To Inspire And Get Inspired - Ai-Ch'ng (Part 1)

I met Ai-Ch’ng over 10 years ago when she strolled in my little market store then full of batik and Ikat treasures from our beginnings with the team in Bali. We connected straight away over our passion for cultural diversity and heritage, for our families, our hopes for our children, the fun we have using fashion as a way to express our personalities. We both love life, people, laugh and...endless conversations as you will discover.

Who is Ai-Ch’ng? What do you do?

It is said: “There is who I think I am; who others think I am; and who I really am.” I used to think I was first a daughter, then student and teacher; later, a volunteer worker, wife and mother, followed by holistic health advisor, self-taught artist, singer, musician, and friend. My most recent discovery is, I am all of these - and more to come, all at once, and at different times.

Most of all, I am the essence of the name my grandmother gave me. “Ai”, means, love; and “Ch’ng”, means truth. So, the literal translation of my name is, “Love and Truth”. Discovering who I am, my love and truth, has been a journey of over fifty years. And I’m still learning! My realisation so far is that I love that inexplicable jolt you experience when you connect with your clarity, inner strength and potential - your truth. And to somehow facilitate that same realisation in others is what gets me up-and-going in the morning. Ai-Ch’ng is no different to anyone else - on an unending discovery of who she is and what she can and loves to do, then paying the joy and bravery forward. 

Two things have recently excited me: my first foray into submitting artwork (“Heart Work”) for, “Cut it Out” - an online collage exhibition run by Perth’s Kate Hulett; and being invited to be part of The Anjelms Project here!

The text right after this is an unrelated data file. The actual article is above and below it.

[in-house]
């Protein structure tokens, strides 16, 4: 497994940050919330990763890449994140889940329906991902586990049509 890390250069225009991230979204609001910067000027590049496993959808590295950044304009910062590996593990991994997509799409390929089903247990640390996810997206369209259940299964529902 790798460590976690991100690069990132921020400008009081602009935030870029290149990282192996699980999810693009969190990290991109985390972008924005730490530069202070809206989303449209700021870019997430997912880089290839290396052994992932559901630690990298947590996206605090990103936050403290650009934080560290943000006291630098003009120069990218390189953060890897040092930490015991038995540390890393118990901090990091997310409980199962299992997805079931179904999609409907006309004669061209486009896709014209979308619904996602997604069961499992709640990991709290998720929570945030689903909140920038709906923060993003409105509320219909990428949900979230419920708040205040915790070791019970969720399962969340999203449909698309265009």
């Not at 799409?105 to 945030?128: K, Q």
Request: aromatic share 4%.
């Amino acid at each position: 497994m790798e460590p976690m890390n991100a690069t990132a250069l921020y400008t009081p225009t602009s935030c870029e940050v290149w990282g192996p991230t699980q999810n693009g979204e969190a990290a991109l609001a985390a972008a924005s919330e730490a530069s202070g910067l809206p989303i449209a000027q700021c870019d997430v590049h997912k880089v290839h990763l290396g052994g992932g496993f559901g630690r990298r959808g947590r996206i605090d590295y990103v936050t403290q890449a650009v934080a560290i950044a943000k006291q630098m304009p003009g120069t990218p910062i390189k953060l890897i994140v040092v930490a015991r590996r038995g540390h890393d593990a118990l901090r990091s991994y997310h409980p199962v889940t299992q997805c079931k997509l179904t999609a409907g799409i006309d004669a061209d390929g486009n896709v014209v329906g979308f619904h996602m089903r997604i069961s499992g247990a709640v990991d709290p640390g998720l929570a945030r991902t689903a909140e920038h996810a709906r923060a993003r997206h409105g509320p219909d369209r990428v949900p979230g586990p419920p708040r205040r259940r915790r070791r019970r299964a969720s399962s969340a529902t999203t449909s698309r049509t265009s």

How did you meet Gaelle from The Anjelms Project and what aspects of the brand attract you?

Wandering through the iconic Fremantle Markets ten years ago, a full-hearted laugh rang out over the racket of the buskers and buzzing crowds surrounding me. Following that laughter, up tiny, wooden stairs to an even tinier stall, I tumbled into the world of Gaelle. At the time, there wasn’t anyone in Perth doing a lot of clothing that was bright, printed, let alone sustainable, or ethically sourced.

Yet here was Gaelle’s little wonderland of colourful, gorgeous prints on natural fabrics, with ethics and sustainability at its core, and a fascinating and generous creative at its helm. 

How important are the ethical values of a brand when you choose your clothes and which questions do you tend to ask yourself when choosing?

Growing up in the eighties and nineties, when disposable, cheap, flimsy fashion was peaking, I never considered the cost of my clothes to humankind and the environment - and I feel terrible about that. 

Only now, as I’ve grown older, “who made my clothes, and who and what gets hurt by my purchase” has become very important to me. I’m far from being an eco-expert, which is why I am still learning and consciously seeking ways and brands to help minimise my impact on the environment and society.

As well as the ethical and sustainable points of a garment, the other aspects I consider are:

  1. How easy is this to wash? - Can I just pop it in the machine on cold wash with other things, or quickly handwash to save a washing cycle?
  2. Is this colourfast? - So it can be washed with other items to save water and energy.